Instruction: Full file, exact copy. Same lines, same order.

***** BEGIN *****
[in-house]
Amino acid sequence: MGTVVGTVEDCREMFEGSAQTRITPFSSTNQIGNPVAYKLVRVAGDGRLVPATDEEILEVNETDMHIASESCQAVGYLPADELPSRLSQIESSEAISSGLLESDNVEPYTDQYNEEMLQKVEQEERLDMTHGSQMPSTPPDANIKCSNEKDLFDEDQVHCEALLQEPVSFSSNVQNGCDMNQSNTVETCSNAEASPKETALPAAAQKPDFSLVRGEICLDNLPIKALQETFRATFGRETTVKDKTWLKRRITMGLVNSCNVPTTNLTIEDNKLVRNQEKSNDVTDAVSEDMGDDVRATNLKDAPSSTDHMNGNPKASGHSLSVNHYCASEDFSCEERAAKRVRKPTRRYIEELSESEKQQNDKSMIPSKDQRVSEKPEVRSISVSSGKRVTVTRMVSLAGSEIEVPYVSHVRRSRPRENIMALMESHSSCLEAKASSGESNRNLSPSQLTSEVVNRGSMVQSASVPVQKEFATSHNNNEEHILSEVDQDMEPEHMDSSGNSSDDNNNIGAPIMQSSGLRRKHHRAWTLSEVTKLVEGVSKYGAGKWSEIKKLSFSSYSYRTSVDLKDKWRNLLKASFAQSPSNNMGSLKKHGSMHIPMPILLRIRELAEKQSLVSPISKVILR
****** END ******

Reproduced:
[in-house]
Amino acid sequence: MGTVVGTVEDCREMFEGSAQTRITPFSSTNQIGNPVAYKLVRVAGDGRLVPATDEEILEVNETDMHIASESCQAVGYLPADELPSRLSQIESSEAISSGLLESDNVEPYTDQYNEEMLQKVEQEERLDMTHGSQMPSTPPDANIKCSNEKDLFDEDQVHCEALLQEPVSFSSNVQNGCDMNQSNTVETCSNAEASPKETALPAAAQKPDFSLVRGEICLDNLPIKALQETFRATFGRETTVKDKTWLKRRITMGLVNSCNVPTTNLTIEDNKLVRNQEKSNDVTDAVSEDMGDDVRATNLKDAPSSTDHMNGNPKASGHSLSVNHYCASEDFSCEERAAKRVRKPTRRYIEELSESEKQQNDKSMIPSKDQRVSEKPEVRSISVSSGKRVTVTRMVSLAGSEIEVPYVSHVRRSRPRENIMALMESHSSCLEAKASSGESNRNLSPSQLTSEVVNRGSMVQSASVPVQKEFATSHNNNEEHILSEVDQDMEPEHMDSSGNSSDDNNNIGAPIMQSSGLRRKHHRAWTLSEVTKLVEGVSKYGAGKWSEIKKLSFSSYSYRTSVDLKDKWRNLLKASFAQSPSNNMGSLKKHGSMHIPMPILLRIRELAEKQSLVSPISKVILR